In discussing the complexity of the social responsibility obligations of all Christians, the Synod Fathers noted that the sacrifice of Christ is a mystery of liberation that constantly and insistently continually demands and challenges us. I therefore urge call upon all the faithful to be true promoters of peace and justice: "All who partake of the Eucharist must is to commit themselves himself to peacemaking in our world scarred by violence and war, and today in particular, by terrorism, economic corruption and sexual exploitation abuses." (245) All these problems give rise in turn to generate others no less troubling and disheartening degrading events [i.e., "phenomena"] which awaken [literally, "gives birth"] our grave concern. We know that there can be no superficial approaches to arrive at solutions to these issues. Precisely because of the mystery we celebrate, we must denounce situations contrary to human the dignity of man, since for whom Christ shed his blood for all, and at the same time thereby affirming the inestimable value of each individual person at all times [literally, "at every moment"].

The food of truth and human the needs of man

90. We cannot remain passive before certain processes of globalization which not infrequently excessively increase the gap between the rich and the poor worldwide. We must should denounce those who squander the earth's riches, provoking inequalities that cry out to heaven (cf. Jas 5:4). For example, it is impossible to remain silent before the "distressing disturbing images of huge vast camps throughout the world, of displaced persons and refugees, who are living in makeshift concentrated [and living under] precarious conditions in order to escape a worse fate, yet are still in dire need lacking all things. Are these human beings not our brothers and sisters? Do their children not come into the world with the same legitimate expectations of happiness as other children?" (246) The Lord Jesus, the bread of eternal life, spurs us to be moves us to mindfulness of the situations of extreme poverty in which a great part of humanity still lives finds itself: these are situations for with which human beings men often bear a clear and disquieting responsibility clearly responsible [literally, "with which men cooperate and conspire"]. Indeed, "on the basis of available statistical data, it can be said that less than half of the huge infinite sums spent worldwide on armaments would be more than sufficient to liberate take the immense masses interminable numbers of the poor from destitution. This challenges touches [literally, "stimulates"] humanity's conscience. To peoples living below the poverty line, more as a result of situations to do with which depend on international political, commercial and cultural relations, than as a result of circumstances beyond anyone's control, our common commitment to for truth can and must give new hope" (247).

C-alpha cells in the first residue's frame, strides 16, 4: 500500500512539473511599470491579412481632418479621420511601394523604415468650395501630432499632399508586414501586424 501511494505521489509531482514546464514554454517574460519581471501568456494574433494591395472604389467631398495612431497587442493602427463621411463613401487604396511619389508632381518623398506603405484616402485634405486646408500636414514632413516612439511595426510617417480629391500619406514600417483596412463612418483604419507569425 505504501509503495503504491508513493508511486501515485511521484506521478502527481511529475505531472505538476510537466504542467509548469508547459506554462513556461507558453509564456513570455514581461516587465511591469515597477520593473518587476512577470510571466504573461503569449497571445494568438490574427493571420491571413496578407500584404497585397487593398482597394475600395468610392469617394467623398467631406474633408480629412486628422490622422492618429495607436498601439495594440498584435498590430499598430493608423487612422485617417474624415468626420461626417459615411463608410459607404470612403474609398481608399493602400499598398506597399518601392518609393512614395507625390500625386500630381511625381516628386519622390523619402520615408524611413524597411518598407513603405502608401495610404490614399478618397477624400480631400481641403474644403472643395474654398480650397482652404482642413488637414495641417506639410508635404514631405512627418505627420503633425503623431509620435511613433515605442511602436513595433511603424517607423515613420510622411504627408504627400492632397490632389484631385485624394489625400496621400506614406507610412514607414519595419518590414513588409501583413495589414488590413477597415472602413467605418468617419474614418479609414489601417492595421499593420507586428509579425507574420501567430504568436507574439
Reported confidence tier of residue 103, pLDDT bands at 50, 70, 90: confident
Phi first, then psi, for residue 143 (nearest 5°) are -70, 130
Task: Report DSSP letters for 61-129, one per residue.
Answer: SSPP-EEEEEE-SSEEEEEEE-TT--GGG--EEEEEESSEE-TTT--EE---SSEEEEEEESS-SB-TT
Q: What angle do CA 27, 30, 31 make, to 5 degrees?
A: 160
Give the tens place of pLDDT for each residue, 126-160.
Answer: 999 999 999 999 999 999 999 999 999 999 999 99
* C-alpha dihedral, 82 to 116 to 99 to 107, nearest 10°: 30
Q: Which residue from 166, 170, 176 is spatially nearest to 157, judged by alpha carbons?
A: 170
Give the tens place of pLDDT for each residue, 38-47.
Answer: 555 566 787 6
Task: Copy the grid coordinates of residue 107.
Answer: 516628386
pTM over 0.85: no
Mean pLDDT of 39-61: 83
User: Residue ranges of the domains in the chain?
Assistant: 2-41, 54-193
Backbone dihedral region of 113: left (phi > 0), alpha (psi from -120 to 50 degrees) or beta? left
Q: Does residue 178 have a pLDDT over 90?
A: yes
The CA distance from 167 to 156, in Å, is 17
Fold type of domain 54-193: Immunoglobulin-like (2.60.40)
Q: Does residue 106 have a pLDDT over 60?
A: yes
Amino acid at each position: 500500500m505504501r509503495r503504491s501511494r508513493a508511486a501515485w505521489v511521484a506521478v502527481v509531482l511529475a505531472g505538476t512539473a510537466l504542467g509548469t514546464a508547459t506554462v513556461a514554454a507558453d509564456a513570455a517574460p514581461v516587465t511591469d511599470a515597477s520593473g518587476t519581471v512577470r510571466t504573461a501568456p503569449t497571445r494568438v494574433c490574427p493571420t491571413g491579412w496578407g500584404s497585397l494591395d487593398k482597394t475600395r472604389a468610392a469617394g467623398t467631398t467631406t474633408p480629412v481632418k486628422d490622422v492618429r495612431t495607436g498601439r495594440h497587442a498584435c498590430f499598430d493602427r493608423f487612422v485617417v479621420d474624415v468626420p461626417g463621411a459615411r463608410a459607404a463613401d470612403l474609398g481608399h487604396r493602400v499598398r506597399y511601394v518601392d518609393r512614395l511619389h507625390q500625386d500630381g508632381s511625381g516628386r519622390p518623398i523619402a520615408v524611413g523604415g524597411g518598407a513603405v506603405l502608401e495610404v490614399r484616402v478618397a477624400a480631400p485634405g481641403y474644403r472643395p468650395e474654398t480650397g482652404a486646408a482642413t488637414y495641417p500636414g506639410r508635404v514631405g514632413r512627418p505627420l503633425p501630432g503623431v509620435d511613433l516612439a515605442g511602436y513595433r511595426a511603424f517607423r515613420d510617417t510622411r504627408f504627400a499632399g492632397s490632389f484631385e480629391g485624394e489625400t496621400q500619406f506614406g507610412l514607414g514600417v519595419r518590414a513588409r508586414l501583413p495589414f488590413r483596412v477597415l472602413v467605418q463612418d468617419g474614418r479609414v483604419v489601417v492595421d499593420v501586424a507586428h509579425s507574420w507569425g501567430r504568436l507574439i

The food of truth demands that we moves us to denounce inhumane situations of human indignity in which people starve to death because of injustice and exploitation, and it gives us renewed strength and courage to work tirelessly in the service of in the construction of the civilization of love. From the beginning, Christians were concerned made certain to share their goods (cf. Acts 4:32) and to help the poor (cf. Rom 15:26). The alms collected in our liturgical assemblies are not only an eloquent explicit reminder of this, and they are also necessary for meeting today's very real needs. The Church's charitable institutions, especially Caritas, carry out at various levels the important work precious service of assisting the needy, especially the poorest. Inspired by the Eucharist, the sacrament of charity, they these ministries become a concrete expression of that charity; they are to be praised and encouraged deserve every encomium and stimulus for their commitment to solidarity in our world.

The Church's social teaching doctrine

91. The mystery of the Eucharist inspires enables and impels us to the daring work courageously within our world to bring about that renewal of that type of new relationships which has its inexhaustible source in God's gift. The prayer which we repeat at every Mass: "Give us this day our daily bread," obliges us to do everything possible, in cooperation with international, state and private institutions, to end or at least reduce the scandal of hunger and malnutrition afflicting so many millions of people in our world, especially in developing countries. In a particular way, the Christian laity, formed at the school of the Eucharist, are called to assume their specific the proper political and social responsibilities duties. To do so, they need to be adequately prepared through practical education in for charity and justice. To this end, the Synod considered it necessary for Dioceses and Christian communities to teach and promote the Church's social doctrine. (248) In this precious legacy handed down patrimony which proceeds from the earliest ecclesial tradition, we find the elements of great wisdom that guide orient Christians in their involvement in today's burning social issues. This teaching, the fruit of the Church's whole history, is distinguished is characterized by realism and moderation equilibrium; it can help to avoid misguided compromises aberrant committments or false inane utopias.